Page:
||Differential therapeutic effects of atomoxetine and methylphenidate in childhood attention deficit/hyperactivity disorder as measured by near-infrared spectroscopy.
Nakanishi, Yoko ,
Ota, Toyosaku ,
Iida, Junzo ,
Yamamuro, Kazuhiko ,
Kishimoto, Naoko ,
Okazaki, KosukeKishimoto, Toshifumi
Child and adolescent psychiatry and mental health
11p.Article No.26 , 2017-05-12 , BioMed Central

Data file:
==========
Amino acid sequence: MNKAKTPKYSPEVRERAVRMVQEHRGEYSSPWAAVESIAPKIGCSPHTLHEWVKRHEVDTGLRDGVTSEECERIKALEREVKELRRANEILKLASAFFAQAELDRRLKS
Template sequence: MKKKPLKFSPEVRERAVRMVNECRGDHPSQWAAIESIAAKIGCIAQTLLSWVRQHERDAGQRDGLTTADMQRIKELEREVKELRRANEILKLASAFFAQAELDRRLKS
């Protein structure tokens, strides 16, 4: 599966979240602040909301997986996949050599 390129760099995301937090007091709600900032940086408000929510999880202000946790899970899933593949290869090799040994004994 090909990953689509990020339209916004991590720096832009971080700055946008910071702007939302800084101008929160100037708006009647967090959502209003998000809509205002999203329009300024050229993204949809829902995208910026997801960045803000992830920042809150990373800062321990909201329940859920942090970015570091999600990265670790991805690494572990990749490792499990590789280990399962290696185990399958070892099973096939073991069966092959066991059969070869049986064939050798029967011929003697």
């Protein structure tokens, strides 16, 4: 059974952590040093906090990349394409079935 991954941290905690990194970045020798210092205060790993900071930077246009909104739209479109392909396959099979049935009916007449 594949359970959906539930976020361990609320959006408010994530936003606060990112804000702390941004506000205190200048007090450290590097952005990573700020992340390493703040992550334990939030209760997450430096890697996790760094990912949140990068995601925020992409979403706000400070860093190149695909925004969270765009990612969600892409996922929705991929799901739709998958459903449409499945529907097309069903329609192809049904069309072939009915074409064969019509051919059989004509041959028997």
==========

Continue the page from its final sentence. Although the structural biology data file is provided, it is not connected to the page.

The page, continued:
BACKGROUND: The stimulant methylphenidate (MPH) and the nonstimulant atomoxetine (ATX) are the most commonly-prescribed pharmacological treatments for attention deficit/hyperactivity disorder (ADHD). However, the drug-specific mechanism of action on brain function in ADHD patients is not well known. This study examined differences in prefrontal hemodynamic activity between MPH and ATX in children with ADHD as measured by near-infrared spectroscopy (NIRS) using the Stroop color-word task. METHODS: Thirty children with ADHD participated in the present study. We used 24-channel NIRS (ETG-4000) to measure the relative concentrations of oxyhemoglobin in the frontal lobes of participants in the drug-naïve condition and those who had received MPH (n = 16) or ATX (n = 14) for 12 weeks. Measurements were conducted every 0.1 s during the Stroop color-word task. We used the ADHD RS-IV-J (Home Version) to evaluate ADHD symptoms. RESULTS: Treatment with either MPH or ATX significantly reduced ADHD symptoms, as measured by the ADHD RS-IV-J, and improved performance on the Stroop color-word task in terms of number of correct words. We found significantly higher levels of oxyhemoglobin changes in the prefrontal cortex of participants in the ATX condition compared with the values seen at baseline (pre-ATX). In contrast, we found no oxyhemoglobin changes between pre- and post-treatment with MPH. CONCLUSIONS: The present study suggests that MPH and ATX have differential effects on prefrontal hemodynamic activity in children with ADHD.
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